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Standards-based assessment allows us to make judgments about the level of an individual's learning with respect to shared benchmarks of expected performance, supported by exemplars.
It is a type of assessment which makes direct and extensive use of teachers' qualitative judgments. It requires external, visible standards for the use of both teachers and students, defined by exemplars and verbal descriptions.
This type of assessment shows what a student can do in relation to broad descriptions of the standard, supported by exemplars of expected achievement. Each standard has a number of components that students need to bring together to achieve the standard. Teachers’ judgments are a judgment on the work as a whole, as opposed to the result from a single snapshot assessment. In standards-based systems, teachers improve the consistency of their judgments through engaging in moderation practices. Moderation of judgments enables teachers to develop a shared understanding of the meaning of standards and how to apply them in a range of cases.
Standards-based assessment is consistent with the New Zealand educational emphasis on assessment for learning rather than assessment of learning (New Zealand Curriculum, 2007; Absolum et al, Directions for Assessment in New Zealand, 2009). This paradigm calls for deep changes both in teachers’ perceptions of their own role in relation to their students and in their classroom practice. In particular, it suggests a move to a more student-centred pedagogical approach, placing the student in a more active role in the learning, teaching and assessment cycle, thus creating a partnership between student and teacher. The clarity and transparency of assessment standards help teachers provide students with information of what they know and can do and, more importantly, a clear picture of what they need to do to improve so they can take charge of their own learning (Black & William, 1998; Crooks, 1988).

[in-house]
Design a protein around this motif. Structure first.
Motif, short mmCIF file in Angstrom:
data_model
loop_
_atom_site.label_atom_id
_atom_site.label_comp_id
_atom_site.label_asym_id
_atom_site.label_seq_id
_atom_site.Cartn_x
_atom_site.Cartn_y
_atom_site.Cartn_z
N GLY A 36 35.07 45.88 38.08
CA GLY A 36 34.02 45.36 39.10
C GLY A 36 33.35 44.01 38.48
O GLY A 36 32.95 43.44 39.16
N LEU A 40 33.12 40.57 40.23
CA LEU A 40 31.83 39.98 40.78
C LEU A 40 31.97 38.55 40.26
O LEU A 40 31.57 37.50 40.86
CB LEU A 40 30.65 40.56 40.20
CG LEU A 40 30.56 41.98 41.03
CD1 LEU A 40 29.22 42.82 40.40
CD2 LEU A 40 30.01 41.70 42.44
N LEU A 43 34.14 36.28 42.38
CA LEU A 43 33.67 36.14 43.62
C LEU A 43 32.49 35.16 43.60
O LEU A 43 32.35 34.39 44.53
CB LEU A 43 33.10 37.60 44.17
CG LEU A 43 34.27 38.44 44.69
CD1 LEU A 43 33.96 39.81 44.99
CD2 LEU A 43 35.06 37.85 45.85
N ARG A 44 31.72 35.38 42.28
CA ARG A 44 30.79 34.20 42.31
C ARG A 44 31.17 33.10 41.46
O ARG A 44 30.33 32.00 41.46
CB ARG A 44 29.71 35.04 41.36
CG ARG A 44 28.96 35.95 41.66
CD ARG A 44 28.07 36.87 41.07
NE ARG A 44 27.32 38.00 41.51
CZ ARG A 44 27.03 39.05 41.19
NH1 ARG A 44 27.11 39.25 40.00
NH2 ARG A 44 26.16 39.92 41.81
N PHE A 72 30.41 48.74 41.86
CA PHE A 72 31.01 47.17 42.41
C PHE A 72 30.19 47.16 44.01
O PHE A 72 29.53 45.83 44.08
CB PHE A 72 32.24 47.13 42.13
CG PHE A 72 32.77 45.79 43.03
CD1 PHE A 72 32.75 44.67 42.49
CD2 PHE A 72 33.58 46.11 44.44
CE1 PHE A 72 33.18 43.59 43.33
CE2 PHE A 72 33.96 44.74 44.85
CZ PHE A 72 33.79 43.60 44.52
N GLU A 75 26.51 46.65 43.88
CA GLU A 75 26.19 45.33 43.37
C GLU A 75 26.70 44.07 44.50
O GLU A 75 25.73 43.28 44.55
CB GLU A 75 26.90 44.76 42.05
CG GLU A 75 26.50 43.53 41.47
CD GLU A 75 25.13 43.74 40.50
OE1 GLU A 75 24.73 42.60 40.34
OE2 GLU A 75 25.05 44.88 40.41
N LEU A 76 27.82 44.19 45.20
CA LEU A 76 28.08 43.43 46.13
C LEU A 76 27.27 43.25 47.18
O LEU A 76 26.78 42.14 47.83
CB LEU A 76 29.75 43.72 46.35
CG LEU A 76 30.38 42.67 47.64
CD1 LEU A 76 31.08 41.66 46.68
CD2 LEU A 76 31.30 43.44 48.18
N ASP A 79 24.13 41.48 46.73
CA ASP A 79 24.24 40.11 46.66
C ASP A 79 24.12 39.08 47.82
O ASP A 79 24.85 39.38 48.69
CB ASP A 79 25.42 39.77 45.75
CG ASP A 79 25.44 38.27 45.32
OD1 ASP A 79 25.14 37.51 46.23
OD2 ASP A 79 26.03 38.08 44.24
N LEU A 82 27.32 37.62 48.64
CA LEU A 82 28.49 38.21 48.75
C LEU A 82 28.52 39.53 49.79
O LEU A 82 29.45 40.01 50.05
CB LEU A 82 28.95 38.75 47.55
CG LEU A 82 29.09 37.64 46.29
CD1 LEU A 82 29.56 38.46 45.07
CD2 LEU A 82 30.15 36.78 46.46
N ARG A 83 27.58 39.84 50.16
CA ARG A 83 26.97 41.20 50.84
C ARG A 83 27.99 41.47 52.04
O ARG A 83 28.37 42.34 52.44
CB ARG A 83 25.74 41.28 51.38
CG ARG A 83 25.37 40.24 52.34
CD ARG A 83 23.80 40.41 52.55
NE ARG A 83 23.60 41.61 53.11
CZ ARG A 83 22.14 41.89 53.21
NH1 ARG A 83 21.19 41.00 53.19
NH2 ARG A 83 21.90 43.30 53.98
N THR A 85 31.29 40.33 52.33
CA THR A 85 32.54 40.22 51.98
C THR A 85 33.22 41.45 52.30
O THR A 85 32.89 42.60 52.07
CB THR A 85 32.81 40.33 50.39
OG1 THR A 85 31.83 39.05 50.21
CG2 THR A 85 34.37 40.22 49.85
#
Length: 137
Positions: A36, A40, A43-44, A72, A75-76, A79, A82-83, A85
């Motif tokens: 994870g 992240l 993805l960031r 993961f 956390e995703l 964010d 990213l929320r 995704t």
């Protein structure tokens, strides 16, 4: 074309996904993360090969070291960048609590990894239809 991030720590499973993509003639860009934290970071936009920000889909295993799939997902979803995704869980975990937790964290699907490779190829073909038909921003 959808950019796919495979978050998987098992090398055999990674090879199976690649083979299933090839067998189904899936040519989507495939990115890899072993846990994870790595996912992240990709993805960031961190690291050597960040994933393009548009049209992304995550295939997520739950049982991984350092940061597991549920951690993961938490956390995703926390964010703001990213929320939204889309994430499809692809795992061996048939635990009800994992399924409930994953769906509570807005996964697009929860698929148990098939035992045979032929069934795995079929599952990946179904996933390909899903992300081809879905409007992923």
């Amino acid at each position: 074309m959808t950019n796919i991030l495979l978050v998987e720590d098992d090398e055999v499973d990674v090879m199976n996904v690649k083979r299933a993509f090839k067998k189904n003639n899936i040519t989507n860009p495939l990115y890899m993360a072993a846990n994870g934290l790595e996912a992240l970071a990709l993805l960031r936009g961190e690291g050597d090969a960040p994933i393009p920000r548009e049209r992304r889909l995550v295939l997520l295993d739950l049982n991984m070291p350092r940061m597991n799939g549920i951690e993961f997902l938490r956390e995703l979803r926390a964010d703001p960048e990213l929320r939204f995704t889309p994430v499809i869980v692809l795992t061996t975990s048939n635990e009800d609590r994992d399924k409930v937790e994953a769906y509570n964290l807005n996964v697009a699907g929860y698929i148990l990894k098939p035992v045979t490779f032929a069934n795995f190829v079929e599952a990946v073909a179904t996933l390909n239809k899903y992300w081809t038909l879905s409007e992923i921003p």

What is the difference between norm-referenced assessment, criterion-referenced assessment and standards-based assessment?
Norm-referenced assessment shows how students are achieving compared with a statistical sample of others of an equivalent group at a given point in time. Such tests often provide results in percentiles or stanines.
Criterion-referenced assessment shows what students can or can’t do in relation to a specific list of tasks or skills. Teachers’ judgments are about whether the student has achieved each individual skill or task. When writing, for example, a student may be able to succeed at each task or skill but still not be able to write a compelling piece which meets the needs of an audience.
Standards-based assessment shows what a student can do in relation to broad descriptions, supported by exemplars of expected achievement. The descriptions are broader than criteria. Each standard has a number of components that students need to bring together to achieve the standard.
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